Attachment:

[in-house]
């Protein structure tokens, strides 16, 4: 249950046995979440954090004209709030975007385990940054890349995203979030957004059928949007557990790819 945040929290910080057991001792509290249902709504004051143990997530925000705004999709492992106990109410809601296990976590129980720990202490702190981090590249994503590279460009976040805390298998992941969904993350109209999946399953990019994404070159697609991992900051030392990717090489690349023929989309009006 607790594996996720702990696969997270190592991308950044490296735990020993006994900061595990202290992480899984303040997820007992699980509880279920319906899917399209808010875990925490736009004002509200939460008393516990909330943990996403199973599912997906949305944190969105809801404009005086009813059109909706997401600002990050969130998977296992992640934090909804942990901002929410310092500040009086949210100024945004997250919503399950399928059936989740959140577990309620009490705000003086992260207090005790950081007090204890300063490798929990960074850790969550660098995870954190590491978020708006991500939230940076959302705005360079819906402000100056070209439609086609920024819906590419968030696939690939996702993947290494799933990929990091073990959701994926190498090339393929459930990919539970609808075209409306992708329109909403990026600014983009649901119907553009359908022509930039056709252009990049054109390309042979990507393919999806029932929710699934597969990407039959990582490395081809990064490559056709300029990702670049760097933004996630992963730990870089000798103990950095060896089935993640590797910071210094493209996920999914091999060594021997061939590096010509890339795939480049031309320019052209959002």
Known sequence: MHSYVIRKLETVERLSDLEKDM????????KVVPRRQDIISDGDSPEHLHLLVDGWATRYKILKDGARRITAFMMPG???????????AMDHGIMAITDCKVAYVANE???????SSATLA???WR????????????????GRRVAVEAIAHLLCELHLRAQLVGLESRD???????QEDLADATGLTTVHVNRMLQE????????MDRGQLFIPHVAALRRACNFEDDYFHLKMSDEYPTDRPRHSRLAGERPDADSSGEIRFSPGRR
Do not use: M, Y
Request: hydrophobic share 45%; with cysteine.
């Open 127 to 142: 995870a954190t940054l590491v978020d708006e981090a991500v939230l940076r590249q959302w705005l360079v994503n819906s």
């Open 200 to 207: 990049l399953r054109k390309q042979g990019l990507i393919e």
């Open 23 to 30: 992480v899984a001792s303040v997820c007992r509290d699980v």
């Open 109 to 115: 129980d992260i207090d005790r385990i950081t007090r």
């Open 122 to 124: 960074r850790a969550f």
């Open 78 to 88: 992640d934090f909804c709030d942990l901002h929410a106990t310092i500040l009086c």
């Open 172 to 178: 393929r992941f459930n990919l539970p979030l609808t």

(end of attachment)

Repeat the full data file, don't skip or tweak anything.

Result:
[in-house]
């Protein structure tokens, strides 16, 4: 249950046995979440954090004209709030975007385990940054890349995203979030957004059928949007557990790819 945040929290910080057991001792509290249902709504004051143990997530925000705004999709492992106990109410809601296990976590129980720990202490702190981090590249994503590279460009976040805390298998992941969904993350109209999946399953990019994404070159697609991992900051030392990717090489690349023929989309009006 607790594996996720702990696969997270190592991308950044490296735990020993006994900061595990202290992480899984303040997820007992699980509880279920319906899917399209808010875990925490736009004002509200939460008393516990909330943990996403199973599912997906949305944190969105809801404009005086009813059109909706997401600002990050969130998977296992992640934090909804942990901002929410310092500040009086949210100024945004997250919503399950399928059936989740959140577990309620009490705000003086992260207090005790950081007090204890300063490798929990960074850790969550660098995870954190590491978020708006991500939230940076959302705005360079819906402000100056070209439609086609920024819906590419968030696939690939996702993947290494799933990929990091073990959701994926190498090339393929459930990919539970609808075209409306992708329109909403990026600014983009649901119907553009359908022509930039056709252009990049054109390309042979990507393919999806029932929710699934597969990407039959990582490395081809990064490559056709300029990702670049760097933004996630992963730990870089000798103990950095060896089935993640590797910071210094493209996920999914091999060594021997061939590096010509890339795939480049031309320019052209959002």
Known sequence: MHSYVIRKLETVERLSDLEKDM????????KVVPRRQDIISDGDSPEHLHLLVDGWATRYKILKDGARRITAFMMPG???????????AMDHGIMAITDCKVAYVANE???????SSATLA???WR????????????????GRRVAVEAIAHLLCELHLRAQLVGLESRD???????QEDLADATGLTTVHVNRMLQE????????MDRGQLFIPHVAALRRACNFEDDYFHLKMSDEYPTDRPRHSRLAGERPDADSSGEIRFSPGRR
Do not use: M, Y
Request: hydrophobic share 45%; with cysteine.
């Open 127 to 142: 995870a954190t940054l590491v978020d708006e981090a991500v939230l940076r590249q959302w705005l360079v994503n819906s």
């Open 200 to 207: 990049l399953r054109k390309q042979g990019l990507i393919e």
């Open 23 to 30: 992480v899984a001792s303040v997820c007992r509290d699980v």
């Open 109 to 115: 129980d992260i207090d005790r385990i950081t007090r």
């Open 122 to 124: 960074r850790a969550f």
């Open 78 to 88: 992640d934090f909804c709030d942990l901002h929410a106990t310092i500040l009086c």
């Open 172 to 178: 393929r992941f459930n990919l539970p979030l609808t």